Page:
Residents and any interested community members participate in spirituality nights twice a week, led by a member of the community. Each prayer leader brings their own spiritual identity and interests into their sharing, resulting in “prayer that is as personalized as that person,” says Kalen. Therefore, the community is exposed to a wide range of spiritual traditions. While the community has blossomed from Catholic roots, it is a self-governed entity that is not under the auspices of the Archdiocese of Chicago, giving it freedom to engage in spiritual practices in novel ways. From women-led liturgies, to Taize prayer services, from post-Easter Vigil midnight breakfast to the wedding of a same-sex couple in the extended community– there is no shortage of creative expressions of spiritual celebration at The Fireplace. This, says Abby, is one of the things she loves most about the community:

“I love all the celebrations. Even just the way that we mark time in the liturgical year. Doing things for Advent, always doing the chalk over the doors for the Feast of the Three Kings.  I love the celebrations and the marking of the passing of time. Because when you live by yourself and you’re disconnected from community, all time can sort of start to feel the same. So I really love the sort of celebratory marking of the seasons.”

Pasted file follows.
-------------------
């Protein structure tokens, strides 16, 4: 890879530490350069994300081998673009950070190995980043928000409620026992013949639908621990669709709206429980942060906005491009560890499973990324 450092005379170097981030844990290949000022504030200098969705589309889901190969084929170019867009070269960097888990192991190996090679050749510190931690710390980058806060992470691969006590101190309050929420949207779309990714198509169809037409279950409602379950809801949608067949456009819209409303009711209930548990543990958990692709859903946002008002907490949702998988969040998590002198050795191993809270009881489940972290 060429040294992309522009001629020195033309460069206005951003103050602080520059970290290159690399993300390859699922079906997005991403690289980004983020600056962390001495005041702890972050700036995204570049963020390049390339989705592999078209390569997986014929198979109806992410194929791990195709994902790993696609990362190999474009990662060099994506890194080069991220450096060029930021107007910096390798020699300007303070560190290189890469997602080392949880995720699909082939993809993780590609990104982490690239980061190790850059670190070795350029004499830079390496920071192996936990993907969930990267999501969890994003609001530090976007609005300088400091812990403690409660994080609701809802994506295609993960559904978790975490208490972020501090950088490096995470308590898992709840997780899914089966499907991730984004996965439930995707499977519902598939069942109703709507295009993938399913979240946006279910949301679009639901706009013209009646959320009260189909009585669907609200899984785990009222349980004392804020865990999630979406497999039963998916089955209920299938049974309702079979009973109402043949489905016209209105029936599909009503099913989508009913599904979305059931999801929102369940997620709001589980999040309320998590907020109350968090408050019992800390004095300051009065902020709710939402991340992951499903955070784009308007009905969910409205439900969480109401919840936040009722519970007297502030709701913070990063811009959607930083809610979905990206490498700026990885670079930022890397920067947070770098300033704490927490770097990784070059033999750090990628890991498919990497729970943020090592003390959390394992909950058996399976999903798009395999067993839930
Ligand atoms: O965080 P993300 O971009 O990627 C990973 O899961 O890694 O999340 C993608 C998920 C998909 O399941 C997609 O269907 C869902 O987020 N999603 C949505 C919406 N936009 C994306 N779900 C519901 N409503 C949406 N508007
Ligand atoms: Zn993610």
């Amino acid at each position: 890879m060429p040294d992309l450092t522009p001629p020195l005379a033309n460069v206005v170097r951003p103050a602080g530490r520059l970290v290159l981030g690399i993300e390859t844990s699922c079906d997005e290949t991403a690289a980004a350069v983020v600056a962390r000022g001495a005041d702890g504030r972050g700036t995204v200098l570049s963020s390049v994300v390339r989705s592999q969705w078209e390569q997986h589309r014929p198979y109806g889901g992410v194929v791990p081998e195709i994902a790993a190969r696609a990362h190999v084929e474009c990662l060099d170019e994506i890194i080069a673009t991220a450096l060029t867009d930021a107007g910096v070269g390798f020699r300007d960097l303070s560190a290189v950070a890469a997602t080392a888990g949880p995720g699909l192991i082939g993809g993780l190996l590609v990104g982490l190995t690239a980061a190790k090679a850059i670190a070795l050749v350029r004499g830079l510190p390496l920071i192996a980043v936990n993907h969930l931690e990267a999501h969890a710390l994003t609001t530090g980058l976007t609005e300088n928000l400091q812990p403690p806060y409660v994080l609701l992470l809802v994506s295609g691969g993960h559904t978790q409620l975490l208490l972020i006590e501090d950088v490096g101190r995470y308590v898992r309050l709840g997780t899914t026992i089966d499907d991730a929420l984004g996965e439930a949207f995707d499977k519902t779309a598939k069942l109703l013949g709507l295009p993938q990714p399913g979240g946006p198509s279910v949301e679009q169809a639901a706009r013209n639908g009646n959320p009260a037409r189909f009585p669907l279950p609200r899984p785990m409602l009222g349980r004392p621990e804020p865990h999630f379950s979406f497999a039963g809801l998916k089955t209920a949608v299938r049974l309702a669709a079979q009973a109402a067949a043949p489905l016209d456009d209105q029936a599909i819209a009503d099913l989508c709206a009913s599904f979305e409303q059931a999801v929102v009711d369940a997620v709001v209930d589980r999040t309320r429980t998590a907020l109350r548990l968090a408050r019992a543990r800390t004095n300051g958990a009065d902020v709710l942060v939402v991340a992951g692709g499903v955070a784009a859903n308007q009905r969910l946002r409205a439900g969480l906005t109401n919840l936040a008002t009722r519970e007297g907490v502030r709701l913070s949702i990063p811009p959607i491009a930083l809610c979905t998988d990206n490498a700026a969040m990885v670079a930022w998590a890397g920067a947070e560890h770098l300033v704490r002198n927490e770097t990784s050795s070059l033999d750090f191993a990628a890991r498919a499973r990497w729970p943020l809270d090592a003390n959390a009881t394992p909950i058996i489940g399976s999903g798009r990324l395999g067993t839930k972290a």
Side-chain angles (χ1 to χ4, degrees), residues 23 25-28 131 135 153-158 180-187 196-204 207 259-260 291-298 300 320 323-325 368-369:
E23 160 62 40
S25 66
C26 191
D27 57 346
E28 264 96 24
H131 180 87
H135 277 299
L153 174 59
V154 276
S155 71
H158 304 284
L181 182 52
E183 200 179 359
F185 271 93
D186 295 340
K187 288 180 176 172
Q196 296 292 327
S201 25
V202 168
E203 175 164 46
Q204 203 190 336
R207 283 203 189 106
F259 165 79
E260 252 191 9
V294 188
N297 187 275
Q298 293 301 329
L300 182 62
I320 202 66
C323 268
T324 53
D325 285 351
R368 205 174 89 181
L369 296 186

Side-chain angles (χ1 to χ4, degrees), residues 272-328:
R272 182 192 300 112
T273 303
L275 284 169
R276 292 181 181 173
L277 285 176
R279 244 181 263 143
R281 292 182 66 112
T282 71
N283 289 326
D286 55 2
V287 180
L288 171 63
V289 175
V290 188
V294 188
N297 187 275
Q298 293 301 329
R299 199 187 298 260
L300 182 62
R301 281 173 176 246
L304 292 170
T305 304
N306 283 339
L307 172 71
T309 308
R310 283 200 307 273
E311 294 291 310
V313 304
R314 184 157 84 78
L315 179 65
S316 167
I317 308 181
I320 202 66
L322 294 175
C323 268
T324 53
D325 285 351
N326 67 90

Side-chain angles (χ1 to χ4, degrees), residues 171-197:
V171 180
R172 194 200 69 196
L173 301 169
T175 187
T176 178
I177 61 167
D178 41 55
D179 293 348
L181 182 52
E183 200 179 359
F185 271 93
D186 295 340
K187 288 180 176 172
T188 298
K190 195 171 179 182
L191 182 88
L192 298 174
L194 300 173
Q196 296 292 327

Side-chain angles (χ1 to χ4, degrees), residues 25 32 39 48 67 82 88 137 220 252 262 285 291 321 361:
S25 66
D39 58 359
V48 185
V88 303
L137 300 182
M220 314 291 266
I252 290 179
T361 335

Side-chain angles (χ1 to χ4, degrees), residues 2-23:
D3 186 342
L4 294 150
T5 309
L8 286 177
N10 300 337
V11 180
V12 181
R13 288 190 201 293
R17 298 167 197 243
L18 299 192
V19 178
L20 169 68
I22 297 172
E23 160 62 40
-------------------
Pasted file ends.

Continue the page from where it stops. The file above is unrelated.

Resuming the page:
The Fireplace has a set of values that have been defined by its members: rest, hospitality, community, inclusion, sustainability, solidarity, creativity, spirituality, and joy. But as the community hits its three year mark, it is discerning the best ways to carry those values into the future. “We all have beautiful ideals and commitments,” Abby comments, “a true genuine commitment to what this place can be. But growing edges can be the nitty-gritty. How do you actually run a community? How do you do the finances, how do you make decisions? How do you establish policies and procedures in case something goes wrong?” Together with community members, residents are continuing the work of living into the future of The Fireplace. As they look to the future, they share communal hopes for The Fireplace’s thriving. “My dream is that this community can live past any of us who currently live here,” shares Abby. She adds, “And that it can be a hub for progressive Catholics to find community– an alternative catholic space where Catholics and non-Catholics alike can find a spiritual home.”